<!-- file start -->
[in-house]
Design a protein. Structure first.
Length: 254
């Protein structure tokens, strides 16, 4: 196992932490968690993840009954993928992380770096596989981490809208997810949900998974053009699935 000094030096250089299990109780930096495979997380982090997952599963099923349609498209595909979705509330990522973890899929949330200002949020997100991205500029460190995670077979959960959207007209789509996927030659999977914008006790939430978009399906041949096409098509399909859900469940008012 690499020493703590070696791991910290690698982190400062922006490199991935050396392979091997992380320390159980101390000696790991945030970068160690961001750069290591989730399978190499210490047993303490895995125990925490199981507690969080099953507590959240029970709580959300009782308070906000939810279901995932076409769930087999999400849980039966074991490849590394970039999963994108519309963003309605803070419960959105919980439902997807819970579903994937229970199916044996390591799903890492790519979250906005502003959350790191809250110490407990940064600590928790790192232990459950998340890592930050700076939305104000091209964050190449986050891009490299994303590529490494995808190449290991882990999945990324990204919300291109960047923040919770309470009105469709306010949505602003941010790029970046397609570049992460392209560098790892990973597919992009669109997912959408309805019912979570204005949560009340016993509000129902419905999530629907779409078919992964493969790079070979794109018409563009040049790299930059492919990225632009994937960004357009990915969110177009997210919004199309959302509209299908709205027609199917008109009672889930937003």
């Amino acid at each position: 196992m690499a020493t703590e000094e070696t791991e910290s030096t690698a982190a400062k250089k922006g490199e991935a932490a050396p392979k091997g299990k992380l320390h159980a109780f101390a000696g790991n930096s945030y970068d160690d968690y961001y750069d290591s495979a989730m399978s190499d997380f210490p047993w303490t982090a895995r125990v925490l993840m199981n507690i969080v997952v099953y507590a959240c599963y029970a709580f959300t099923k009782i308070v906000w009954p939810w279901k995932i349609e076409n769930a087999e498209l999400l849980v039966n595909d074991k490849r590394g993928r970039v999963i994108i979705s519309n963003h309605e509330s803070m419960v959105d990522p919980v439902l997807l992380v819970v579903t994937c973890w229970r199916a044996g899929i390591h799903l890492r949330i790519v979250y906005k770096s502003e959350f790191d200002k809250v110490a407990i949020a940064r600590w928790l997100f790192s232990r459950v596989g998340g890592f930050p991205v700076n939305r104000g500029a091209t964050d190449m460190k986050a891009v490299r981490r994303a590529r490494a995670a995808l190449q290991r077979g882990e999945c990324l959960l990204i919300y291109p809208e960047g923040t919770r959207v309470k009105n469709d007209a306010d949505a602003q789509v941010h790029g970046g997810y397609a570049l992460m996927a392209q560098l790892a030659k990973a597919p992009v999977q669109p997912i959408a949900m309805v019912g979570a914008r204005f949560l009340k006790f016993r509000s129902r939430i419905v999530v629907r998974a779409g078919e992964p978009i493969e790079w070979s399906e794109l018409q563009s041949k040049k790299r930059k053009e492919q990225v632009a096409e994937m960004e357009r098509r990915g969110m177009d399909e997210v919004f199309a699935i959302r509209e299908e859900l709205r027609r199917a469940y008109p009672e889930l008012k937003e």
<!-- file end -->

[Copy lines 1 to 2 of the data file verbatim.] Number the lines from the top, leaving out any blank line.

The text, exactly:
[in-house]
Design a protein. Structure first.